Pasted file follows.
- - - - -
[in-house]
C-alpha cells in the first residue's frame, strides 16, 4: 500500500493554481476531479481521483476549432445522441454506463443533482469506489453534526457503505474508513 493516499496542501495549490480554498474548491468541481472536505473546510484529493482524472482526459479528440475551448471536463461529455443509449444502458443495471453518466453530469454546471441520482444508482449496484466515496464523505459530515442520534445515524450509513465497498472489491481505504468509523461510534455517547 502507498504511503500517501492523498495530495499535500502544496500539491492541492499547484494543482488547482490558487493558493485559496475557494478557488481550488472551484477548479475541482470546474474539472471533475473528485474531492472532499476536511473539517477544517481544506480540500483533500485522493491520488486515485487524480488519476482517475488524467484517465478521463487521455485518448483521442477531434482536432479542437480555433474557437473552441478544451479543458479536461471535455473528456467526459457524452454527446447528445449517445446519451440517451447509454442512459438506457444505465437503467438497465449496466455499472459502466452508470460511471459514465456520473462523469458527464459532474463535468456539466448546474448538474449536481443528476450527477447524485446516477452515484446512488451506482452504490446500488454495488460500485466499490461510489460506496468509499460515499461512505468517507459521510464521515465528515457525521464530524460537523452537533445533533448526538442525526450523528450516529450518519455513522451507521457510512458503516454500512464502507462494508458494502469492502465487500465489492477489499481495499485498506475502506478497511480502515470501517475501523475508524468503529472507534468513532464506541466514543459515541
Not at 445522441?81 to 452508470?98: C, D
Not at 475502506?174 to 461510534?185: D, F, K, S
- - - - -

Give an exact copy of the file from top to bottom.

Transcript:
[in-house]
C-alpha cells in the first residue's frame, strides 16, 4: 500500500493554481476531479481521483476549432445522441454506463443533482469506489453534526457503505474508513 493516499496542501495549490480554498474548491468541481472536505473546510484529493482524472482526459479528440475551448471536463461529455443509449444502458443495471453518466453530469454546471441520482444508482449496484466515496464523505459530515442520534445515524450509513465497498472489491481505504468509523461510534455517547 502507498504511503500517501492523498495530495499535500502544496500539491492541492499547484494543482488547482490558487493558493485559496475557494478557488481550488472551484477548479475541482470546474474539472471533475473528485474531492472532499476536511473539517477544517481544506480540500483533500485522493491520488486515485487524480488519476482517475488524467484517465478521463487521455485518448483521442477531434482536432479542437480555433474557437473552441478544451479543458479536461471535455473528456467526459457524452454527446447528445449517445446519451440517451447509454442512459438506457444505465437503467438497465449496466455499472459502466452508470460511471459514465456520473462523469458527464459532474463535468456539466448546474448538474449536481443528476450527477447524485446516477452515484446512488451506482452504490446500488454495488460500485466499490461510489460506496468509499460515499461512505468517507459521510464521515465528515457525521464530524460537523452537533445533533448526538442525526450523528450516529450518519455513522451507521457510512458503516454500512464502507462494508458494502469492502465487500465489492477489499481495499485498506475502506478497511480502515470501517475501523475508524468503529472507534468513532464506541466514543459515541
Not at 445522441?81 to 452508470?98: C, D
Not at 475502506?174 to 461510534?185: D, F, K, S